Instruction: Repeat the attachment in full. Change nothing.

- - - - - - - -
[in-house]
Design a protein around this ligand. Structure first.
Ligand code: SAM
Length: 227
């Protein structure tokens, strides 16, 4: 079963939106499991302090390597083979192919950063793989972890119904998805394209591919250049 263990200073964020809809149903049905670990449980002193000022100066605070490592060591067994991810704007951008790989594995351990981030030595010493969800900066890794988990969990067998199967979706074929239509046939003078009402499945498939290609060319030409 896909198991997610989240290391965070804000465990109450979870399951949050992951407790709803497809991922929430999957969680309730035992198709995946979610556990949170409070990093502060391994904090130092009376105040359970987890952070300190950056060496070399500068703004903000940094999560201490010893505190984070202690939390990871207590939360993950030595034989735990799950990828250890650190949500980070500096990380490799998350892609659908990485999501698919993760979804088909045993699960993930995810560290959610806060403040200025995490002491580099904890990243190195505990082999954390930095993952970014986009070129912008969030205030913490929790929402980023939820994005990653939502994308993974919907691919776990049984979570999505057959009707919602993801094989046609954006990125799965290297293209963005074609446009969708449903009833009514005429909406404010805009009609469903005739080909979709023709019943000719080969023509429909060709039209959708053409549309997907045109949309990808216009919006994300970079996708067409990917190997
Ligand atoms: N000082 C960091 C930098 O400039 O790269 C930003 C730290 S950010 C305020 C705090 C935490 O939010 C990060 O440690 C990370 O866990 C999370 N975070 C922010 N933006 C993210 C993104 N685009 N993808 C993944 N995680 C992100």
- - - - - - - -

[in-house]
Design a protein around this ligand. Structure first.
Ligand code: SAM
Length: 227
């Protein structure tokens, strides 16, 4: 079963939106499991302090390597083979192919950063793989972890119904998805394209591919250049 263990200073964020809809149903049905670990449980002193000022100066605070490592060591067994991810704007951008790989594995351990981030030595010493969800900066890794988990969990067998199967979706074929239509046939003078009402499945498939290609060319030409 896909198991997610989240290391965070804000465990109450979870399951949050992951407790709803497809991922929430999957969680309730035992198709995946979610556990949170409070990093502060391994904090130092009376105040359970987890952070300190950056060496070399500068703004903000940094999560201490010893505190984070202690939390990871207590939360993950030595034989735990799950990828250890650190949500980070500096990380490799998350892609659908990485999501698919993760979804088909045993699960993930995810560290959610806060403040200025995490002491580099904890990243190195505990082999954390930095993952970014986009070129912008969030205030913490929790929402980023939820994005990653939502994308993974919907691919776990049984979570999505057959009707919602993801094989046609954006990125799965290297293209963005074609446009969708449903009833009514005429909406404010805009009609469903005739080909979709023709019943000719080969023509429909060709039209959708053409549309997907045109949309990808216009919006994300970079996708067409990917190997
Ligand atoms: N000082 C960091 C930098 O400039 O790269 C930003 C730290 S950010 C305020 C705090 C935490 O939010 C990060 O440690 C990370 O866990 C999370 N975070 C922010 N933006 C993210 C993104 N685009 N993808 C993944 N995680 C992100």